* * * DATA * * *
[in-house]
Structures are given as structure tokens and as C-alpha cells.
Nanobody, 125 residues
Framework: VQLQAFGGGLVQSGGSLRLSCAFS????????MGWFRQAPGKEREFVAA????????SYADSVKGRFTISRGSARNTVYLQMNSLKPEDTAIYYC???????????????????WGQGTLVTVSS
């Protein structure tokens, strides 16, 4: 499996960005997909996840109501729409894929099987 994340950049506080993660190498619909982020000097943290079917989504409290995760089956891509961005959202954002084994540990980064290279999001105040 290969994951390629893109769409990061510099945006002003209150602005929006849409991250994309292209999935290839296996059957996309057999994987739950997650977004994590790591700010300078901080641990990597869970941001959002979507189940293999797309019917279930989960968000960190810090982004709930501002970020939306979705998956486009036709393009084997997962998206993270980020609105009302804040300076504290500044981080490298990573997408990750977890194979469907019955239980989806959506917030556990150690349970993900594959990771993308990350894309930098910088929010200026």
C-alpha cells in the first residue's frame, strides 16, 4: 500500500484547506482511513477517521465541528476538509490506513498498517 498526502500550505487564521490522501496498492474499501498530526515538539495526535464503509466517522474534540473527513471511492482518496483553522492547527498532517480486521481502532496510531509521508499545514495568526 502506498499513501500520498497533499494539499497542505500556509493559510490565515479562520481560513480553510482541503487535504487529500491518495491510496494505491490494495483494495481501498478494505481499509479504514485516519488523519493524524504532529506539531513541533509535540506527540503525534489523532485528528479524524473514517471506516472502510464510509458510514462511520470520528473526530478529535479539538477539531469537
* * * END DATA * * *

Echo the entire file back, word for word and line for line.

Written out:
[in-house]
Structures are given as structure tokens and as C-alpha cells.
Nanobody, 125 residues
Framework: VQLQAFGGGLVQSGGSLRLSCAFS????????MGWFRQAPGKEREFVAA????????SYADSVKGRFTISRGSARNTVYLQMNSLKPEDTAIYYC???????????????????WGQGTLVTVSS
């Protein structure tokens, strides 16, 4: 499996960005997909996840109501729409894929099987 994340950049506080993660190498619909982020000097943290079917989504409290995760089956891509961005959202954002084994540990980064290279999001105040 290969994951390629893109769409990061510099945006002003209150602005929006849409991250994309292209999935290839296996059957996309057999994987739950997650977004994590790591700010300078901080641990990597869970941001959002979507189940293999797309019917279930989960968000960190810090982004709930501002970020939306979705998956486009036709393009084997997962998206993270980020609105009302804040300076504290500044981080490298990573997408990750977890194979469907019955239980989806959506917030556990150690349970993900594959990771993308990350894309930098910088929010200026």
C-alpha cells in the first residue's frame, strides 16, 4: 500500500484547506482511513477517521465541528476538509490506513498498517 498526502500550505487564521490522501496498492474499501498530526515538539495526535464503509466517522474534540473527513471511492482518496483553522492547527498532517480486521481502532496510531509521508499545514495568526 502506498499513501500520498497533499494539499497542505500556509493559510490565515479562520481560513480553510482541503487535504487529500491518495491510496494505491490494495483494495481501498478494505481499509479504514485516519488523519493524524504532529506539531513541533509535540506527540503525534489523532485528528479524524473514517471506516472502510464510509458510514462511520470520528473526530478529535479539538477539531469537